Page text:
As the midpoint of the CAA season approaches, there’s still a lot to be learned about where most teams stand. After Saturday’s 70-57 win at Hofstra, Northeastern is in a pseudo-four-way tie for second place at 4-3 (it being a “pseudo-tie” because the other three — Towson, William & Mary and Hofstra — are each 3-2), and seven of the nine teams are within 1.5 games of each other in the standings.
But one thing is clear: Delaware is the conference favorite. At 6-0, the Blue Hens have a 2.5-game lead on the rest of the CAA. No team is as far ahead of its peers in any other league, despite the fact that the CAA started conference play later than many others.
Delaware didn’t come entirely out of nowhere as a contender — it was picked fourth in the preseason media poll — but if one team was to pull away from the pack, few would have picked the Blue Hens. Before the season, most humans liked Towson to win the CAA, while the computers favored Drexel. Though Delaware didn’t post a signature non-conference win, it proved its talent with road battles against good teams: a two-point loss at Richmond, a four-point loss at Villanova, and a five-point loss at Notre Dame.
The Blue Hens’ path to 6-0 hasn’t been a cakewalk; they were tested on consecutive Saturdays at James Madison and at Northeastern. But they put some distance between themselves and their closest competitor with an 83-76 victory over Towson this weekend, a quintessentially Delaware game — fast-paced and high-scoring.
In a league full of turtles, Delaware is the hare. Per KenPom.com, the Blue Hens rank ninth nationally with an adjusted tempo of 73 possessions per game; everyone else in the CAA is below the D-I average. And when that pace is combined with an efficient offense (and average defense), the result is a team that has both scored and allowed at least 70 points in every league game to date.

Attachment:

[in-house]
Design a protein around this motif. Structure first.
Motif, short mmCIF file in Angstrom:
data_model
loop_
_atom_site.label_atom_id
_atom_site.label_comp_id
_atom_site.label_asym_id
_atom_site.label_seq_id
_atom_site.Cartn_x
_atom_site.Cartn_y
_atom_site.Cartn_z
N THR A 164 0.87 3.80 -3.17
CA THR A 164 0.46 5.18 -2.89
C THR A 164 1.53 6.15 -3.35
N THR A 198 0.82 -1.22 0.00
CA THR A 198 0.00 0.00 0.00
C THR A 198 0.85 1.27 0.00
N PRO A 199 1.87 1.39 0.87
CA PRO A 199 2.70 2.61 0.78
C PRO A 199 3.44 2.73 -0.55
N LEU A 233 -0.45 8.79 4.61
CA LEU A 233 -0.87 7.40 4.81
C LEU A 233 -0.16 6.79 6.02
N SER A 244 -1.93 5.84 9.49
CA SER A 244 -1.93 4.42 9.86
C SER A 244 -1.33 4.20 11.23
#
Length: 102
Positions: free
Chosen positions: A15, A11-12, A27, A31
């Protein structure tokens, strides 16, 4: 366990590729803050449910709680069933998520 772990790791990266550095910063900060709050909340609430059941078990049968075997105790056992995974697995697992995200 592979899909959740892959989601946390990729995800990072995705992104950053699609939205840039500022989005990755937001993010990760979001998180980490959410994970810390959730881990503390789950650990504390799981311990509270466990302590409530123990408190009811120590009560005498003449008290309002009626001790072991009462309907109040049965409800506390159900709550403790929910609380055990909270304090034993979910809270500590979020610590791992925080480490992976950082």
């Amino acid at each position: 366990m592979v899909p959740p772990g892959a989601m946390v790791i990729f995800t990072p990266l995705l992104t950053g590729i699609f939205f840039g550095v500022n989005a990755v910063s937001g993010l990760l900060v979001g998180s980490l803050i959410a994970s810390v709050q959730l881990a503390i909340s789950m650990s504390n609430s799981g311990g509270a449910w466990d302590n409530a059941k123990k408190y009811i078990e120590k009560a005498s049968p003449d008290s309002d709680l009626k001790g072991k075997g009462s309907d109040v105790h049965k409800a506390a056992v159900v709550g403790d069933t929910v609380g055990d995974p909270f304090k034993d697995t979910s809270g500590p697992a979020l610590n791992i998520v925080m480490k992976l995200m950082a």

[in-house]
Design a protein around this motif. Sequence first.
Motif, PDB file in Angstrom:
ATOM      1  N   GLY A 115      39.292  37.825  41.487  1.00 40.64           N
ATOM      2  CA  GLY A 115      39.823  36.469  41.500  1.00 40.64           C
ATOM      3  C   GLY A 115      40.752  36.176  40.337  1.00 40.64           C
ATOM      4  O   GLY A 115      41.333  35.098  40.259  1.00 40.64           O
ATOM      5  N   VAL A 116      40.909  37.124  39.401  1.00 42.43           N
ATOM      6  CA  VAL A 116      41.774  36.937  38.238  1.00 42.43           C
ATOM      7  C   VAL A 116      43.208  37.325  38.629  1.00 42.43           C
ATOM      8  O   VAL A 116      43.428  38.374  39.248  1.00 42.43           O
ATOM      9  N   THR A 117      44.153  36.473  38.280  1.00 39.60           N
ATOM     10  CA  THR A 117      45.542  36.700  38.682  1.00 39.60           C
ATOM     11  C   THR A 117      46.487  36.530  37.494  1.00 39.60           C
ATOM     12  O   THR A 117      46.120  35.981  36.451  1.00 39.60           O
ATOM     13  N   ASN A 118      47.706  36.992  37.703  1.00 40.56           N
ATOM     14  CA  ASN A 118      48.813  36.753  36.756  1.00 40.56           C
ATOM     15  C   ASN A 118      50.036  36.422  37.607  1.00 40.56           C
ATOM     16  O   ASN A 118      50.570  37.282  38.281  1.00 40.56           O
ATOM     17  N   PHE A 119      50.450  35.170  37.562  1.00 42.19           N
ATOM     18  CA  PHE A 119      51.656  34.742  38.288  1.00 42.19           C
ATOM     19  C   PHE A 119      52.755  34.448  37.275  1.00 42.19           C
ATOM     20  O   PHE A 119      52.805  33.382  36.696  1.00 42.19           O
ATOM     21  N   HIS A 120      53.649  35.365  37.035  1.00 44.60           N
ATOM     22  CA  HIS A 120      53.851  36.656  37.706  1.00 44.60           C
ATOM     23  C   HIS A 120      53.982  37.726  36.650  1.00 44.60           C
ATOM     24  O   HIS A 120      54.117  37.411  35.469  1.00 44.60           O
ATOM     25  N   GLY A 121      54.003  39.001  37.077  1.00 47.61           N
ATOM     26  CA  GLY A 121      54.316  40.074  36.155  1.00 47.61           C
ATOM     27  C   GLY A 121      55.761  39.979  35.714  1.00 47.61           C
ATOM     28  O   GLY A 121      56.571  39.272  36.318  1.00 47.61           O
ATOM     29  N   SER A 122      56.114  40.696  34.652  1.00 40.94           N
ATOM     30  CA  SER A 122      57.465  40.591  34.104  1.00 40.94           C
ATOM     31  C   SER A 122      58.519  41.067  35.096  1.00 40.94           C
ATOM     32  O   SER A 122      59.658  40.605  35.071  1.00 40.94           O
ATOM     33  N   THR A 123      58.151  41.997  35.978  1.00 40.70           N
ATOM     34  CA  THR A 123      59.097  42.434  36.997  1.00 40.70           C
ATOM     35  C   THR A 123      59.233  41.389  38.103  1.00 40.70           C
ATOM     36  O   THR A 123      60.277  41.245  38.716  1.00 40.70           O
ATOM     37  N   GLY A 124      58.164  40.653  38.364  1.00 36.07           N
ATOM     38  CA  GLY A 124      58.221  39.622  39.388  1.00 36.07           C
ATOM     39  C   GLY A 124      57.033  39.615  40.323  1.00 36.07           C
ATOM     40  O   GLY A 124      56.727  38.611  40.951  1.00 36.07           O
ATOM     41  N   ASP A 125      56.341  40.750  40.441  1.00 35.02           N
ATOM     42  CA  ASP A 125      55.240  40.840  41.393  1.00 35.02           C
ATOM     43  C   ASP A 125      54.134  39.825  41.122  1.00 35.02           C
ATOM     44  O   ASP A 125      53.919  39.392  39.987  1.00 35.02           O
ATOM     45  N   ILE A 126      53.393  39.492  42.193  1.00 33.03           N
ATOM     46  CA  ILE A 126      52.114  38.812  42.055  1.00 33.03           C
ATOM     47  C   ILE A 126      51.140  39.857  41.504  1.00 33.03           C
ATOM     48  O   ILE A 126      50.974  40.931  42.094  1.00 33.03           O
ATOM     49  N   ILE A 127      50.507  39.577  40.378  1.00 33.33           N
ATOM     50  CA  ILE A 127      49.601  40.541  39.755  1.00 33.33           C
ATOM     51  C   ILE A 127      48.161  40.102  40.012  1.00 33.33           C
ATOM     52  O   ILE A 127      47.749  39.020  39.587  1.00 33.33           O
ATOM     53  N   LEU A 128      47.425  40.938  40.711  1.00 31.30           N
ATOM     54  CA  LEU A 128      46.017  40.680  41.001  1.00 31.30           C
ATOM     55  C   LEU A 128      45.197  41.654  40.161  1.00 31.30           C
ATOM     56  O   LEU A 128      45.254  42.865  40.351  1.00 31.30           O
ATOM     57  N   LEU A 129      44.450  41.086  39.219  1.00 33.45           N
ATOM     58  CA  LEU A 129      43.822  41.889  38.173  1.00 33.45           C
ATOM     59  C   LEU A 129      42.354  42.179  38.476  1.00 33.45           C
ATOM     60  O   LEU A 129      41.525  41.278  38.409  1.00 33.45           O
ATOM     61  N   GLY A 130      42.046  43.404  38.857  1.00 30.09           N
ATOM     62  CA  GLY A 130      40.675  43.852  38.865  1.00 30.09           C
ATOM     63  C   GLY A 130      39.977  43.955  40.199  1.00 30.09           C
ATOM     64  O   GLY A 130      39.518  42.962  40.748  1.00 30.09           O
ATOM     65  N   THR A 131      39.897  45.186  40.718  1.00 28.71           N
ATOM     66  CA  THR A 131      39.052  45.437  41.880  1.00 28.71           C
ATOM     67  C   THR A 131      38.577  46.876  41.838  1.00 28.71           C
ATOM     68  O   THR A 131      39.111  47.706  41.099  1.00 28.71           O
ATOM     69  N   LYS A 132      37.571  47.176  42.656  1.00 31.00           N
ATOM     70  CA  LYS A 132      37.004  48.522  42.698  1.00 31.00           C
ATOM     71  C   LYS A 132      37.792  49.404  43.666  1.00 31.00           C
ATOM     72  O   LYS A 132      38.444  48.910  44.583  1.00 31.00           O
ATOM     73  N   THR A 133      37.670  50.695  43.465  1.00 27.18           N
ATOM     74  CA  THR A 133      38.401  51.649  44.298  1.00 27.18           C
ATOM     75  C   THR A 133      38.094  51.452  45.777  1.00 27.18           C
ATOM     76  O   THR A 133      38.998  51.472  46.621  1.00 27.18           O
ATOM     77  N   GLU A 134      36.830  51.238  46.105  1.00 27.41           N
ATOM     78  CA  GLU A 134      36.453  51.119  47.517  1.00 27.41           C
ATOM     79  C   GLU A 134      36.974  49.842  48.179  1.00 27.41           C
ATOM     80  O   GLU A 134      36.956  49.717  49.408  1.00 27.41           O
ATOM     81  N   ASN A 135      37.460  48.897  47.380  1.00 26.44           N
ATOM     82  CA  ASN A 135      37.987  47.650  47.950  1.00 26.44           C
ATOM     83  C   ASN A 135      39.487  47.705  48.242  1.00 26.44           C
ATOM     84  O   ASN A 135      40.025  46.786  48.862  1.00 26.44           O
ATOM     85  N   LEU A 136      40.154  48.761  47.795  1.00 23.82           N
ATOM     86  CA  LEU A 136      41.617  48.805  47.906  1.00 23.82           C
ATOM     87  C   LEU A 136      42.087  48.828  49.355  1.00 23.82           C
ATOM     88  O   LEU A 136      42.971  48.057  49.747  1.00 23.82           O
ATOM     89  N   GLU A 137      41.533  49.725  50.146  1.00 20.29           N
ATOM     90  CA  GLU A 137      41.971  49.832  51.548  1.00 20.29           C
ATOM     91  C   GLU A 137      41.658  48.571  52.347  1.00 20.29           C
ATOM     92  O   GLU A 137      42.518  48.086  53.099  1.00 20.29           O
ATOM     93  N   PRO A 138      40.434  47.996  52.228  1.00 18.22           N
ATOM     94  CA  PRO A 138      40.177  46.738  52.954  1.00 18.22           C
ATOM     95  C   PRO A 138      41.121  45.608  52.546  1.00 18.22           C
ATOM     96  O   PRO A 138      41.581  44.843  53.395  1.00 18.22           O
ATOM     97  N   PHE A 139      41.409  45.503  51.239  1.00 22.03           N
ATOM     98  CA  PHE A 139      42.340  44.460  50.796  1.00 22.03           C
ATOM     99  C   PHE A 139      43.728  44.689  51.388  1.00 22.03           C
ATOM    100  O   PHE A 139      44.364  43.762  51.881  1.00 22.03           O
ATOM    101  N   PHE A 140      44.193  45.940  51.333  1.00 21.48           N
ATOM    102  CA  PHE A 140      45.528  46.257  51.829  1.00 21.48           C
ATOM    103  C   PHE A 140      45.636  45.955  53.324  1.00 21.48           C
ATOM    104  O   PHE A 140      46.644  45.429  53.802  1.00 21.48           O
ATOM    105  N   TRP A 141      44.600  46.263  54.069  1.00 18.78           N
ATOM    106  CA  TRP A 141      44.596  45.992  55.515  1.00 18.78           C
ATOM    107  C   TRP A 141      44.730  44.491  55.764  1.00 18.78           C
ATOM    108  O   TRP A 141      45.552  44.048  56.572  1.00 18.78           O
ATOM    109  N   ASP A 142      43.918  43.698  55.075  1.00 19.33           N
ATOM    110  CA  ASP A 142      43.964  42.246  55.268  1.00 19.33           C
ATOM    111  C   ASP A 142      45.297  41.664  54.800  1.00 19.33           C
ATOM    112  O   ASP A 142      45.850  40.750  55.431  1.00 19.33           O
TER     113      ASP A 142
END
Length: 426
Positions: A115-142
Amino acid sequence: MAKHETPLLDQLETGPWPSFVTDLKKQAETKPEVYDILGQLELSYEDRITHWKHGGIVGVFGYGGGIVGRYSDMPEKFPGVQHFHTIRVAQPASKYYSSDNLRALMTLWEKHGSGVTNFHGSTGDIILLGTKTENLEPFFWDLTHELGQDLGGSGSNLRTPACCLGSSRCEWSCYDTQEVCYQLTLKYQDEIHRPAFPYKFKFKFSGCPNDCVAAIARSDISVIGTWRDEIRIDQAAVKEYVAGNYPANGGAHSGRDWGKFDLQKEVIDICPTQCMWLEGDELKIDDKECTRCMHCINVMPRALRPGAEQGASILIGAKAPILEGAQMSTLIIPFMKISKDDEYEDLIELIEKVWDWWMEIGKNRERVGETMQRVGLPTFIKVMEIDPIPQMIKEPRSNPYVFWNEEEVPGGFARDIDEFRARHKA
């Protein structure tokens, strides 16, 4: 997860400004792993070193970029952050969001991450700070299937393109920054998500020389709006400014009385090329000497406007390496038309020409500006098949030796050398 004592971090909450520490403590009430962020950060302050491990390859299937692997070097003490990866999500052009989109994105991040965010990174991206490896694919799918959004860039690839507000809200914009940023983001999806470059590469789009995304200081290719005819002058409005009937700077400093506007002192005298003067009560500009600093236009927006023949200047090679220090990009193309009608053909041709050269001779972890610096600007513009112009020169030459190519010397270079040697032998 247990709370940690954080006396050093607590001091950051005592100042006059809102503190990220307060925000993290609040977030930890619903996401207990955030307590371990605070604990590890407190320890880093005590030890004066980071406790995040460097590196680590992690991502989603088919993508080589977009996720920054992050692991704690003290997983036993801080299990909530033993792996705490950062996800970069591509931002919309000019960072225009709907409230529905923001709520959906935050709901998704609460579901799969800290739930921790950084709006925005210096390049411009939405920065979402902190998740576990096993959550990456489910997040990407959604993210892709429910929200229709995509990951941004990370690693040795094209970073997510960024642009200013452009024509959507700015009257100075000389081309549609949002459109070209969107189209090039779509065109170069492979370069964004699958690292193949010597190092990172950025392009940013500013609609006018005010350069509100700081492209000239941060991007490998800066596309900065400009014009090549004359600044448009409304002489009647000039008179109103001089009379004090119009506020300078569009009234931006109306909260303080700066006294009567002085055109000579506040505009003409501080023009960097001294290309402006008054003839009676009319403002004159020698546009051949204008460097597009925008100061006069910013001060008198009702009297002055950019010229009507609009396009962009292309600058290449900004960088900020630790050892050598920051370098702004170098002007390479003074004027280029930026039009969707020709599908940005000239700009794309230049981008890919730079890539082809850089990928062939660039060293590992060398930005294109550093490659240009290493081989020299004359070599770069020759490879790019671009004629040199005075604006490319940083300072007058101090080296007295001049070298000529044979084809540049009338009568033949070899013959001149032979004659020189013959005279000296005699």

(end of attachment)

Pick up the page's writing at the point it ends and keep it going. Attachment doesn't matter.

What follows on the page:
But Delaware gets its points differently than most other top offenses do: (Data from KenPom.com, through games of January 25)
The Blue Hens’ offense is heavily dependent on drives to the rim by leading scorers Devon Saddler and Jarvis Threatt, which tend to lead to one-on-one shots. (Only 20 percent of Threatt’s baskets this season have been assisted.) Passing isn’t absent from Delaware’s offensive game, but many of its assists — kick-outs to Kyle Anderson and Davon Usher, or duck-ins to Carl Baptiste — are initially set up by dribble penetration.
With a potent offense and a 2.5-game lead in the bank — including wins over every other contender — Delware is in good shape to win its first-ever CAA championship. The race for second, on the other hand, might come down to the wire. Northeastern got back into the race with a road sweep, edging Towson in a wild game Wednesday and beating Hofstra yesterday, but the maddeningly inconsistent Huskies have a tough remaining schedule. Pomeroy projects the Huskies to finish fourth at 9-7, a game behind William & Mary and Towson.